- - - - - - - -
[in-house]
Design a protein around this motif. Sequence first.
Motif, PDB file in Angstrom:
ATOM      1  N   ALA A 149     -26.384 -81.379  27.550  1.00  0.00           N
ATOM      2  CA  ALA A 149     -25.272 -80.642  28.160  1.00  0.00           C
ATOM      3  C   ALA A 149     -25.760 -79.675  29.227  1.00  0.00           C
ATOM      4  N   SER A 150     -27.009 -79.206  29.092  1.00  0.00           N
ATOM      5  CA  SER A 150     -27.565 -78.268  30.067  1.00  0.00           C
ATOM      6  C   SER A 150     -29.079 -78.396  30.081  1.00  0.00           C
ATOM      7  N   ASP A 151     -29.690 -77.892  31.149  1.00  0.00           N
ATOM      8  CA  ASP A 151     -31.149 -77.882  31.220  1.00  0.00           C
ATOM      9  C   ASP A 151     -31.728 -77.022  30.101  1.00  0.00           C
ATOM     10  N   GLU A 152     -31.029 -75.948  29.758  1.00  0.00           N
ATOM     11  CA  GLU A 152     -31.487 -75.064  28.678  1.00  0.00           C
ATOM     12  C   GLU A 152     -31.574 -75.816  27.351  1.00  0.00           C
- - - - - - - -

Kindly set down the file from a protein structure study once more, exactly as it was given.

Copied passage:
[in-house]
Design a protein around this motif. Sequence first.
Motif, PDB file in Angstrom:
ATOM      1  N   ALA A 149     -26.384 -81.379  27.550  1.00  0.00           N
ATOM      2  CA  ALA A 149     -25.272 -80.642  28.160  1.00  0.00           C
ATOM      3  C   ALA A 149     -25.760 -79.675  29.227  1.00  0.00           C
ATOM      4  N   SER A 150     -27.009 -79.206  29.092  1.00  0.00           N
ATOM      5  CA  SER A 150     -27.565 -78.268  30.067  1.00  0.00           C
ATOM      6  C   SER A 150     -29.079 -78.396  30.081  1.00  0.00           C
ATOM      7  N   ASP A 151     -29.690 -77.892  31.149  1.00  0.00           N
ATOM      8  CA  ASP A 151     -31.149 -77.882  31.220  1.00  0.00           C
ATOM      9  C   ASP A 151     -31.728 -77.022  30.101  1.00  0.00           C
ATOM     10  N   GLU A 152     -31.029 -75.948  29.758  1.00  0.00           N
ATOM     11  CA  GLU A 152     -31.487 -75.064  28.678  1.00  0.00           C
ATOM     12  C   GLU A 152     -31.574 -75.816  27.351  1.00  0.00           C